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NASA Scientists' Most Nerve-Wracking Moment of Juno Mission

Staff members of Juno Mission watch on before the solar-powered Juno spacecraft went into orbit around Jupiter, at NASA's Jet Propulsion Laboratory in Pasadena, Calif., on July 4, 2016.

Staff members of Juno Mission watch on before the solar-powered Juno spacecraft went into orbit around Jupiter, at NASA's Jet Propulsion Laboratory in Pasadena, Calif., on July 4, 2016. // Ringo H.W. Chiu/AP

This week, NASA announced that its solar-powered spacecraft successfully entered orbit around Jupiter, against daunting odds. As the Juno craft begins to collect information about the planet, some of the scientists behind the mission took to Reddit to answer the public’s questions. We have collected some of their comments, edited and condensed for clarity.

How much time and planning goes into a mission such as this?

A huge amount. I personally started thinking about the ideas that eventually became Juno in about the year 2000, after a conversation with Scott Bolton, who had already begun to contemplate the measurements we can do. Our first proposal to NASA was in 2004, and we began designing real hardware in 2006.

As far as backup plans are concerned, we always try to keep a range of possible contingencies in mind. For some of them, we make fairly detailed plans, and for some of the less likely scenarios we might just talk it over for a while and make a few notes about “what if.”

What specific theories about Jupiter are you most looking forward to confirming whether they were accurate or not?

I’m most interested in finding out what lurks beneath Jupiter’s clouds. It’s mind-blowing to think that we don’t yet know what the interior is of the largest planet in the solar system. Is it rocky? Is it metallic? We just don’t know. But that’s exciting, and it’s why we explore.

We’ll use a combination of gravity and magnetic data to disentangle all the different combinations of material that could make up the core (or not). Our web of orbits crossing the planet at different longitudes will be important to build up these interior maps.

We’ve also come to Jupiter looking for clues to its origin and interior, such as the water abundance. We hope to learn about it’s giant magnetosphere and the enormous aurora in the north and south.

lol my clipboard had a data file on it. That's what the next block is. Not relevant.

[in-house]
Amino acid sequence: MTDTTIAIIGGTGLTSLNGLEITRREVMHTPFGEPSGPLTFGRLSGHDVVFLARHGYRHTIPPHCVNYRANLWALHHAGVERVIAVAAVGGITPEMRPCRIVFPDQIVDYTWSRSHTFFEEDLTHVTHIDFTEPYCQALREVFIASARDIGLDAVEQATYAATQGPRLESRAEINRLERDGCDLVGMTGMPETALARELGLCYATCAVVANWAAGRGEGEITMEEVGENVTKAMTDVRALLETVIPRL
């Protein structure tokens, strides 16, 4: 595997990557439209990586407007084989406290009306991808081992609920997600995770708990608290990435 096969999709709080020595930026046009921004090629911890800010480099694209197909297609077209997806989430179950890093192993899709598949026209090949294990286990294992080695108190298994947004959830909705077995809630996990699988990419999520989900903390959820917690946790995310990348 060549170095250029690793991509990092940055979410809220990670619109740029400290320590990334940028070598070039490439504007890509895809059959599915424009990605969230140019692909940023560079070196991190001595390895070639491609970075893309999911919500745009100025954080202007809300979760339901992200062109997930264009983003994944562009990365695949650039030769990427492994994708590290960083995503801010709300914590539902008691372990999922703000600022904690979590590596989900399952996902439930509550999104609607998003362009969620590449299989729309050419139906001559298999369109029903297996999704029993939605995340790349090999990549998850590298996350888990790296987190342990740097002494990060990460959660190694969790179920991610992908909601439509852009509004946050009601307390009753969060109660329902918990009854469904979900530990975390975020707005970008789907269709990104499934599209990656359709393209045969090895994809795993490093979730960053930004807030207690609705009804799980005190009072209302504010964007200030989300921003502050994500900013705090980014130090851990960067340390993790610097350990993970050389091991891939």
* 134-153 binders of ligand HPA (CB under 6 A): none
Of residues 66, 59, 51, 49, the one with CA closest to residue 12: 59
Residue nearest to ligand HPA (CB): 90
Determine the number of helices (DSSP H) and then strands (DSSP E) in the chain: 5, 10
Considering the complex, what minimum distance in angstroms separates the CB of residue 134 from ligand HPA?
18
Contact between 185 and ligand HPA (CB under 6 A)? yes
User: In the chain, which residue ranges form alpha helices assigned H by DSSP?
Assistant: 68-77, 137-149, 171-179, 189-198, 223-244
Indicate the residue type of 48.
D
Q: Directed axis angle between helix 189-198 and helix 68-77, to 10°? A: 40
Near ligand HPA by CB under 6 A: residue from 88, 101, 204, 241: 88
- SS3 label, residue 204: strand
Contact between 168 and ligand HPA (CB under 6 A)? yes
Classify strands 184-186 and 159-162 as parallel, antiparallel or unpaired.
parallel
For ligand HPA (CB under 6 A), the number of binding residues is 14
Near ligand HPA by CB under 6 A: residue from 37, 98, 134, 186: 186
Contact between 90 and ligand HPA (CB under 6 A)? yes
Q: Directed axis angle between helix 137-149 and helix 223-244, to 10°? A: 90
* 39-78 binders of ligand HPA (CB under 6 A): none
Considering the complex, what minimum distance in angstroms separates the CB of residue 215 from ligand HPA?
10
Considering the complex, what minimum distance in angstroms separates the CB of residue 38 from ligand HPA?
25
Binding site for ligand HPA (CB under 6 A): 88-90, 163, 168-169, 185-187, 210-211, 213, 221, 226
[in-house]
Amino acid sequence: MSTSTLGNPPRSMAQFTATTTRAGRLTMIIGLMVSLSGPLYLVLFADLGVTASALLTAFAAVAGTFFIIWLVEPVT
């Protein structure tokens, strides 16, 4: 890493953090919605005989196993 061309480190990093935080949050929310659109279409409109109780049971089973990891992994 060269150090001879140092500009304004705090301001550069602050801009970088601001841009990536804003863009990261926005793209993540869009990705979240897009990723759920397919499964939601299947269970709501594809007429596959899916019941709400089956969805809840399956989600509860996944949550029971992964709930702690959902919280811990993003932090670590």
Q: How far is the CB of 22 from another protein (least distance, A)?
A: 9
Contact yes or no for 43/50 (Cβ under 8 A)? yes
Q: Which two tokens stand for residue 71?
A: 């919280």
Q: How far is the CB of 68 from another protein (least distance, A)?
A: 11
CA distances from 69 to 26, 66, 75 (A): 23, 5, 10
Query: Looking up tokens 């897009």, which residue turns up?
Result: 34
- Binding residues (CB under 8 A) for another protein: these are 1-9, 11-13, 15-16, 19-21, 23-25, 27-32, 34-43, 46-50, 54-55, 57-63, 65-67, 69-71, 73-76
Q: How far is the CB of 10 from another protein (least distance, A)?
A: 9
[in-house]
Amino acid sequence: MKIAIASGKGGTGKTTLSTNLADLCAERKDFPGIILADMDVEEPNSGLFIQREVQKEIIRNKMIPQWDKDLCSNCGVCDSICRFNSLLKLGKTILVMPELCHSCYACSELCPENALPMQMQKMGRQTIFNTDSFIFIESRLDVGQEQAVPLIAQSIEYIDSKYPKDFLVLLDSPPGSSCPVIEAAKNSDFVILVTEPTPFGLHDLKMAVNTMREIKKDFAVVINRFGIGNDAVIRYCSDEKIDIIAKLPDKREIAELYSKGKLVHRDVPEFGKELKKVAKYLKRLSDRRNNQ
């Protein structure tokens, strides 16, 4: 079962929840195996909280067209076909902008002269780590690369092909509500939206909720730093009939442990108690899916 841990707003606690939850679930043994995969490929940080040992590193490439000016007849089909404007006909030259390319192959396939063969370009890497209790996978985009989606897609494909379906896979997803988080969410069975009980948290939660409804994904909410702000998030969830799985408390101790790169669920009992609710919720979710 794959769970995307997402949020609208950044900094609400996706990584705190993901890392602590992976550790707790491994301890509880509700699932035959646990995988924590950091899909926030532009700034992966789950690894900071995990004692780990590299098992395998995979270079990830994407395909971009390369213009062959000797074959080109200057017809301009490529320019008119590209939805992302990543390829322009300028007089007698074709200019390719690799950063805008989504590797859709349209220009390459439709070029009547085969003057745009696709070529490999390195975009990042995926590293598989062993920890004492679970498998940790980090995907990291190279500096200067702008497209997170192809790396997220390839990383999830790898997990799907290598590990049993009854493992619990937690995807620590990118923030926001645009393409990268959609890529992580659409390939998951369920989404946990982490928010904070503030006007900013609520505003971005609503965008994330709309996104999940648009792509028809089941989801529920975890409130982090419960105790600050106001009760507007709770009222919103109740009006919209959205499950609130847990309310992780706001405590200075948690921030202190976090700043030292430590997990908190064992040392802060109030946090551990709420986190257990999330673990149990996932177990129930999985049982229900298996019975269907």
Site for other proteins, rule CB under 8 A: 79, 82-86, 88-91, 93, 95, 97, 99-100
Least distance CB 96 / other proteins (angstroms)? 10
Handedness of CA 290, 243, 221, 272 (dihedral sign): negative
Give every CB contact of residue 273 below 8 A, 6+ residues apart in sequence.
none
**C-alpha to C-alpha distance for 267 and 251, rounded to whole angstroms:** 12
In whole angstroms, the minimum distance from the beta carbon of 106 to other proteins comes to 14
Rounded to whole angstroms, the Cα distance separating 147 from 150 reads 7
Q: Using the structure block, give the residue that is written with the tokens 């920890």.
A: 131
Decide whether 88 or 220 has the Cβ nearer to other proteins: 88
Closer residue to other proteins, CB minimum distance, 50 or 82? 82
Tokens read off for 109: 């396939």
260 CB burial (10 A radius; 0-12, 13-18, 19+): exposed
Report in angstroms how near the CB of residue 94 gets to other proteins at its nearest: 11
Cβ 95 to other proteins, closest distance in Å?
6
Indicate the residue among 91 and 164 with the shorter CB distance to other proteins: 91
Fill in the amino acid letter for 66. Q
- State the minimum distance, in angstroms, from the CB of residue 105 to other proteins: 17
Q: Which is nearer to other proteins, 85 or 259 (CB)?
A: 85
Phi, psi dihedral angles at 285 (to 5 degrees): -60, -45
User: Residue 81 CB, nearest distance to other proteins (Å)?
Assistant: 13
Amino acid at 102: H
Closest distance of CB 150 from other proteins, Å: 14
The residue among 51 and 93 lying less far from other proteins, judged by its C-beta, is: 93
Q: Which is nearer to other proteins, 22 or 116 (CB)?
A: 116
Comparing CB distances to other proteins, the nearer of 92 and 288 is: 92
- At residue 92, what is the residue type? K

Our understanding of how solar systems form is in some chaos (pun intended) due to all the exoplanets we’re finding. Understanding when and where Jupiter formed will help us understand when and where Earth formed with respect to our Sun.

Are the commands to Juno sent in real-time and executed as they reach, or are they pre-programmed?

We normally queue up the commands to the spacecraft well in advance. Occasionally, there are instances when commands are sent in “real time," but definitely not for something as critical as Juno’s orbital insertion.

Right now, it would take a bit more than 45 minutes for a command to reach Juno. That’s how long it takes for radio waves (or light) to reach Jupiter from Earth. Of course, Earth and Jupiter both move so the “one-way light time” will change.

What is the most nerve-wracking part of a mission like this?

For me, launch was the most nerve-wracking part of Juno so far. The Juno spacecraft is the culmination of years of hard work by hundreds of people, and we put it on top of a giant tower of explosives to hurtle it into space. That was just a little scary. After that, orbital insertion was the next most nerve-wracking time, because of the all the unknowns about entering a new environment and performing a critical maneuver at the same time.

Does Jupiter’s massive gravitational pull make it more difficult to keep a probe in orbit?

On the contrary, it helps. When we fired our main engine last night, we were moving at 54.1 km/second. After firing our main engine, we were moving away from Jupiter at 53.7 km/second. That’s still very fast, but that small decrease in orbital speed was enough to put us into a 53-day orbit (instead of just flying by). Jupiter’s pull is so strong, it would be very challenging now to get out of orbit. This wasn’t what I initially expected when the navigators explained to me but it does help demonstrate how different things are when you are around such a massive planet.

When will we get to see images that Juno captures?

The approach movie has been released. Images from Orbit 1 will not be released immediately, because we’ll be doing lots of testing of the camera operations then, but from Orbit 2 and onward (after Aug. 27), our policy will be to release all images in a format that can be read immediately as soon as we get them and this initial processing step is done.

At the end of the planned mission, why will Juno be intentionally destroyed?

We think Jupiter’s icy moon Europa has a subsurface ocean of liquid water; and because everywhere on Earth that we’ve found water, we’ve also found life, this is a good place for us to search. However, we don’t want to go looking for life in the universe only to find that we brought it with us from Earth. We have to abide by something called Planetary Protection. (It’s like the Prime Directive, but real.)

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